DALLAS (CBSDFW.COM) – At the start of the pandemic, churches limited services to virtual worship. Large in-person gatherings weren’t happening.
Now, Proposition 3 could stop that from ever happening again in Texas.READ MORE: North Texas Police Officers Escort Body Of Euless Detective Killed By Drunk Driver To Funeral Home
During the most recent legislative session, attorney Jeremy Dys, with First Liberty Institute, testified about the effect the pandemic had on the places of worship he represents.
“State and local officials from around the country impeded on the rights of these houses of worship throughout the country to be able to do their mission during a time of the pandemic that it was critical,” he said. “In North Texas, we had churches that couldn’t even hand out food to people who are hungry during the pandemic because local officials said that might cause a problem.”
If approved, Prop. 3 would stop state or local governments from prohibiting or limiting religious services, even during a public health emergency.
“I would have a lot of concern about something that doesn’t have any exceptions or restrictions in these settings,” Dallas County Health Director Dr. Phillip Huang said.
Huang said when it comes to the pandemic, there’s no telling what the future holds and warns places of worship can be super spreader events.READ MORE: 20-Year-Old Dallas Man Arrested After Killing 19-Year-Old Ex-Girlfriend
“It may be necessary to make some limitations to prevent the spread of communicable disease,” he said.
Also, on the ballot is Proposition 6.
If approved, it will allow nursing homes to designate one person who can not be denied an in-person visit to their loved one even during a public health emergency.
“That person that could be designated could be carrying a communicable disease, be contagious, so again I think it’s very concerning,” Huang said.
Supporters say this type of isolation can take a devastating toll on a person’s mental and physical health and say it’s something no person should have to experience.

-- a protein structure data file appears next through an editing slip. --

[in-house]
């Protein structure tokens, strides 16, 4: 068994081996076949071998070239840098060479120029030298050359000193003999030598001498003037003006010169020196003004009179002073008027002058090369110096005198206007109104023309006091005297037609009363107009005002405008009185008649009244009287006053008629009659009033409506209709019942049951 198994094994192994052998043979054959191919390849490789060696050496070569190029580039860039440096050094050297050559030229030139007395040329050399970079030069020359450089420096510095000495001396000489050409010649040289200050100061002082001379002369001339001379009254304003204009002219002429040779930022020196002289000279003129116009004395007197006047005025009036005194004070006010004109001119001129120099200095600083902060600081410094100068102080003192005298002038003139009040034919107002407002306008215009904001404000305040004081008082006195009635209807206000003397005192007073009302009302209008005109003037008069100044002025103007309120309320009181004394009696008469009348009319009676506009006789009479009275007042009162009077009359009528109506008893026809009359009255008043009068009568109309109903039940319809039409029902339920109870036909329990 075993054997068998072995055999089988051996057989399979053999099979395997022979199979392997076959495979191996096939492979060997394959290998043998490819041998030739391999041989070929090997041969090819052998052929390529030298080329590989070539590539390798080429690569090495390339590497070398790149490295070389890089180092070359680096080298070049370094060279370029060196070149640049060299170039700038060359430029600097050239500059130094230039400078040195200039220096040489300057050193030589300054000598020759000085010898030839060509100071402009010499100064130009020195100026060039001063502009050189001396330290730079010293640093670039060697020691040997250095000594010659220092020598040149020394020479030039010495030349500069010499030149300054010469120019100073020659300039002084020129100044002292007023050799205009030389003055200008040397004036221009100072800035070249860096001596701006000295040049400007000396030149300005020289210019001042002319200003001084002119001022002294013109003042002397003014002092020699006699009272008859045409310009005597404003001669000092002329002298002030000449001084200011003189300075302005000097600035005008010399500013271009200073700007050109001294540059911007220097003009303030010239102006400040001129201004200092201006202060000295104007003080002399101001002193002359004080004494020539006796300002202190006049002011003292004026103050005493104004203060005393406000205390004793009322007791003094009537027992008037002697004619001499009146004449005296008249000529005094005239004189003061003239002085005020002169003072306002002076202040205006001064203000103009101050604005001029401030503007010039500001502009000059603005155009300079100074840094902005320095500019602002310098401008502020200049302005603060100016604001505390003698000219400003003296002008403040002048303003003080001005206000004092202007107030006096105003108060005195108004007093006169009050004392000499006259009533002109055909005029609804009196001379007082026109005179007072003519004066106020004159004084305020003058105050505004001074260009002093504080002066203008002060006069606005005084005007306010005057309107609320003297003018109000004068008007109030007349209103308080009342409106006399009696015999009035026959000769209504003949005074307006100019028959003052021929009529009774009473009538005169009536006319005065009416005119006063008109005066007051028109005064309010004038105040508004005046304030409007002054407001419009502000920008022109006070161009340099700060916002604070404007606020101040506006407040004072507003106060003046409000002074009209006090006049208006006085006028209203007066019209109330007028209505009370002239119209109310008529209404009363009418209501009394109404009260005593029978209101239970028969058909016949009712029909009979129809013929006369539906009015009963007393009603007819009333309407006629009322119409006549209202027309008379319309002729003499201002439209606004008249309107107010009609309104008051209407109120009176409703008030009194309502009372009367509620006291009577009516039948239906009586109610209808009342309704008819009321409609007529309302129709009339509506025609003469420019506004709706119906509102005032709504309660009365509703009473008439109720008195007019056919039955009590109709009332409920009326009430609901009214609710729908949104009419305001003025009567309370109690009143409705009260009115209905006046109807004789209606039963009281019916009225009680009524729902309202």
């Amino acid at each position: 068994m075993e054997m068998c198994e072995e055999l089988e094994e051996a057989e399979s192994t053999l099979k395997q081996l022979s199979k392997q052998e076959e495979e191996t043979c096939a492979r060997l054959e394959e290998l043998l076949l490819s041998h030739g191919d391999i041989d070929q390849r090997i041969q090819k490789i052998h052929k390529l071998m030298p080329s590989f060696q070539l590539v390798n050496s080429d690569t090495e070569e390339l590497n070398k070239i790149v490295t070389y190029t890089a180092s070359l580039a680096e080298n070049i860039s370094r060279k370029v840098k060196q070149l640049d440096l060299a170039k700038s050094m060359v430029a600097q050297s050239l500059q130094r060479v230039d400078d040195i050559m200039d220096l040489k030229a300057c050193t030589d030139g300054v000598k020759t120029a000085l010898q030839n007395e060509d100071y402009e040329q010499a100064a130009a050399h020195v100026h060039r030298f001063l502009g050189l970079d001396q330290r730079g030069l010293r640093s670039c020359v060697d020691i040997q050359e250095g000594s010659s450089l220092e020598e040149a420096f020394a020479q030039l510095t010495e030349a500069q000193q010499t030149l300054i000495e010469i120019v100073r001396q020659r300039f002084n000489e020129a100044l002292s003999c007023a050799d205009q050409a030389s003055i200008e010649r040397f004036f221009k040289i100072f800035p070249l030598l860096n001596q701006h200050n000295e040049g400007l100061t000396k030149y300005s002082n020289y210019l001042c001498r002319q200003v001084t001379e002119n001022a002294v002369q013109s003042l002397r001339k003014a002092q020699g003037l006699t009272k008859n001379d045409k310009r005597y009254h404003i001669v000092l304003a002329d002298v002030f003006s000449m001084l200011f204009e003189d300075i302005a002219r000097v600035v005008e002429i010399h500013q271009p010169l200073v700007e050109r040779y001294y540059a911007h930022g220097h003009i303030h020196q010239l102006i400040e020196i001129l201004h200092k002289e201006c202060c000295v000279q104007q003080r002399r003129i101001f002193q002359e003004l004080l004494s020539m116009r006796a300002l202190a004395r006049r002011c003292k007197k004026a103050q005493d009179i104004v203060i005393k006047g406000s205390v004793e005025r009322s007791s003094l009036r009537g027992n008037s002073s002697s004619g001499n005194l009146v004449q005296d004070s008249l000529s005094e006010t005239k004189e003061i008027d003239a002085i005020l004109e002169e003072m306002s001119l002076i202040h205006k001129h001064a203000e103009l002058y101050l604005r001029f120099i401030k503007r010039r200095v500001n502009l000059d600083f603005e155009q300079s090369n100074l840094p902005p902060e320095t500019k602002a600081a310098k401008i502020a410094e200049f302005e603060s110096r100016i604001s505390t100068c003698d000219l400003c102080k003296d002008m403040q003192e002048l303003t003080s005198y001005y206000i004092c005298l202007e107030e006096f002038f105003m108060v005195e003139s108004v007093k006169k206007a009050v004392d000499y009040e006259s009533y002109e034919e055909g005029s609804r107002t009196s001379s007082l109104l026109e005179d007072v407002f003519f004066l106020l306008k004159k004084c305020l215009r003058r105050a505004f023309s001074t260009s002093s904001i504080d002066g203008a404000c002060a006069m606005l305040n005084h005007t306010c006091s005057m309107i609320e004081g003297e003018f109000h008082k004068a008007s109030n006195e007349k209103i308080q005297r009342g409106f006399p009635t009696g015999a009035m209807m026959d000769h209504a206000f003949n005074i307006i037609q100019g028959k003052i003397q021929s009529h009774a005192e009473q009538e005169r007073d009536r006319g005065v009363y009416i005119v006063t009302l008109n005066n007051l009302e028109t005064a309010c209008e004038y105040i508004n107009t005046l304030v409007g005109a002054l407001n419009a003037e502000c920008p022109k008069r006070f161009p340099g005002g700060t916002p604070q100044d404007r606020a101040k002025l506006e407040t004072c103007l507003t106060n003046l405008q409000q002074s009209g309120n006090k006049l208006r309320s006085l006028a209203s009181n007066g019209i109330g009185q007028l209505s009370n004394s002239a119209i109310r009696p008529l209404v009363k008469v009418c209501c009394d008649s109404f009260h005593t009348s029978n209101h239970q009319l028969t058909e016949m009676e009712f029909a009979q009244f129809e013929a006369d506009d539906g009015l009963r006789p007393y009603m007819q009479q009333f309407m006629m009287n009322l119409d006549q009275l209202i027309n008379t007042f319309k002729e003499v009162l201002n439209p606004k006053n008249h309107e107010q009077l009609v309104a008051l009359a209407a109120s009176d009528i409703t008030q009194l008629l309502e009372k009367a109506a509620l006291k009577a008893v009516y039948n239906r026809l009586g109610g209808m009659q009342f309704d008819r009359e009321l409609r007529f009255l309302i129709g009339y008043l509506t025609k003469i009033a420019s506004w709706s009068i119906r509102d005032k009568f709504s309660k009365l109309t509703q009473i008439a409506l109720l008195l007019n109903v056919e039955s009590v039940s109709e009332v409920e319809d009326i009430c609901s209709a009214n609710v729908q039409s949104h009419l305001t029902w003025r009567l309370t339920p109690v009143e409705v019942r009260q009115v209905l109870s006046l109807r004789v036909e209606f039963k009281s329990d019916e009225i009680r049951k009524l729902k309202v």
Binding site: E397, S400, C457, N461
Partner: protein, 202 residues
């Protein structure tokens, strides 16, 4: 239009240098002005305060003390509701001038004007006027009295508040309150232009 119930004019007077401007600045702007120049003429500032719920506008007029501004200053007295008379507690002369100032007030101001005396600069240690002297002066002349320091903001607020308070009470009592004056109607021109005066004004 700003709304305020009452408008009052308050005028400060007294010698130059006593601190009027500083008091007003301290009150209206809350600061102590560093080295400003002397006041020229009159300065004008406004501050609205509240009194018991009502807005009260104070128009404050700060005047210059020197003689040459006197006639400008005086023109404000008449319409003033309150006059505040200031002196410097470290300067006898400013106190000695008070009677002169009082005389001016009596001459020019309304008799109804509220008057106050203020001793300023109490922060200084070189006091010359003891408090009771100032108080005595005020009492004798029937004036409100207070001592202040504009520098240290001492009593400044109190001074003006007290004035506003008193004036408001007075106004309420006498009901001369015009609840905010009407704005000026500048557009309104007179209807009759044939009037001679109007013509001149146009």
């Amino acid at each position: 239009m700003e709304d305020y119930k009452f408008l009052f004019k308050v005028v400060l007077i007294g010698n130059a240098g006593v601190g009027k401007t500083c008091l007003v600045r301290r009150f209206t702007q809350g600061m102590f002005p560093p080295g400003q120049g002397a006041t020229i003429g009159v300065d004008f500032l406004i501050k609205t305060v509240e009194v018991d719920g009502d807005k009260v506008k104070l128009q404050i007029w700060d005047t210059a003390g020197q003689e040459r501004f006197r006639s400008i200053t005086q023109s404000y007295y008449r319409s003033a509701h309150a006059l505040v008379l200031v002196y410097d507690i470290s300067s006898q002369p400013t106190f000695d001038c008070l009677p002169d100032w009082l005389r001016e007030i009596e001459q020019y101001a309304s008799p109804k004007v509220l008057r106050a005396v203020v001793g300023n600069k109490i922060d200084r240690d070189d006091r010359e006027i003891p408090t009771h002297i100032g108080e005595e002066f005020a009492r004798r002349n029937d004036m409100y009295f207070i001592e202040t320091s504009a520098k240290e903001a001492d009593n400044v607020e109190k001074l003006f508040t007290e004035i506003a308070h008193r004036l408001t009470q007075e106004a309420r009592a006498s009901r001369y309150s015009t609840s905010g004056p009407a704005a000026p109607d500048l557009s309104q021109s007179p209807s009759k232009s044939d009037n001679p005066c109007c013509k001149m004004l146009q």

Voters also will consider the following propositions:
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• Proposition 1 would add rodeos to the list of professional sporting events that can hold raffles to raise money for charity.
• Proposition 2 would let counties pay for transportation needs in blighted or underdeveloped areas by taking advantage of rising property values — caused by the road projects — to pay off the transportation debt.
• Proposition 4 would change the eligibility requirements to serve on the Texas Supreme Court, Court of Criminal Appeals and intermediate appeals courts — clarifying that candidates must be a practicing lawyer or judge in Texas for at least 10 years under a law license that had not been revoked or suspended.
The amendment also would require state District Court judges to have served as a lawyer or judge in Texas for eight years, also under a law license that had not been revoked or suspended.
• Proposition 5 would let the State Commission on Judicial Conduct, which investigates and takes disciplinary action against judges at all levels, accept complaints against judicial candidates as well.
• Proposition 7 would let disability-based homestead exemptions on property taxes continue for surviving spouses who are 55 or older when their disabled spouse dies.
• Proposition 8 would extend property tax breaks — already available to the spouse of a service member killed in action — to spouses of troops who were killed in the line of duty but not in combat.
Erin Jones contributed to this report.